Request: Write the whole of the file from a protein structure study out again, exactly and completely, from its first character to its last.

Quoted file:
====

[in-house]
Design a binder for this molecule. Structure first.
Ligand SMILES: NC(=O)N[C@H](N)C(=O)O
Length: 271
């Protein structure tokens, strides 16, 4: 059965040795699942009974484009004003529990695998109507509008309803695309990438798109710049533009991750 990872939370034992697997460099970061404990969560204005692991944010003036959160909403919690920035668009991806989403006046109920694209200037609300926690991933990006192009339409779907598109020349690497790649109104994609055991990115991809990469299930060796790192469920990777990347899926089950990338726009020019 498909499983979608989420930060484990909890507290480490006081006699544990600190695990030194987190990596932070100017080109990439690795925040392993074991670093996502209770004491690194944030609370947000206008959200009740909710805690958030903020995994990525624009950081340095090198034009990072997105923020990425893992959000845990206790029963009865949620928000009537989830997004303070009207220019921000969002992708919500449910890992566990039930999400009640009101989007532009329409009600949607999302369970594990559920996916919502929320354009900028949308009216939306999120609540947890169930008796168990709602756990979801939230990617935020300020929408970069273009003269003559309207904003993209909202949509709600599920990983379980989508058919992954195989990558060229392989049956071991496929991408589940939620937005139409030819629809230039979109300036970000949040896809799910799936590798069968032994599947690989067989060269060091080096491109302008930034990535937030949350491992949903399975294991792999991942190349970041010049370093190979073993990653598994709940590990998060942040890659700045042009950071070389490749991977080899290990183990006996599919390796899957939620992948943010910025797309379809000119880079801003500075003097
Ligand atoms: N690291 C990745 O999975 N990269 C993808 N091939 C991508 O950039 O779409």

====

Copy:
[in-house]
Design a binder for this molecule. Structure first.
Ligand SMILES: NC(=O)N[C@H](N)C(=O)O
Length: 271
């Protein structure tokens, strides 16, 4: 059965040795699942009974484009004003529990695998109507509008309803695309990438798109710049533009991750 990872939370034992697997460099970061404990969560204005692991944010003036959160909403919690920035668009991806989403006046109920694209200037609300926690991933990006192009339409779907598109020349690497790649109104994609055991990115991809990469299930060796790192469920990777990347899926089950990338726009020019 498909499983979608989420930060484990909890507290480490006081006699544990600190695990030194987190990596932070100017080109990439690795925040392993074991670093996502209770004491690194944030609370947000206008959200009740909710805690958030903020995994990525624009950081340095090198034009990072997105923020990425893992959000845990206790029963009865949620928000009537989830997004303070009207220019921000969002992708919500449910890992566990039930999400009640009101989007532009329409009600949607999302369970594990559920996916919502929320354009900028949308009216939306999120609540947890169930008796168990709602756990979801939230990617935020300020929408970069273009003269003559309207904003993209909202949509709600599920990983379980989508058919992954195989990558060229392989049956071991496929991408589940939620937005139409030819629809230039979109300036970000949040896809799910799936590798069968032994599947690989067989060269060091080096491109302008930034990535937030949350491992949903399975294991792999991942190349970041010049370093190979073993990653598994709940590990998060942040890659700045042009950071070389490749991977080899290990183990006996599919390796899957939620992948943010910025797309379809000119880079801003500075003097
Ligand atoms: N690291 C990745 O999975 N990269 C993808 N091939 C991508 O950039 O779409």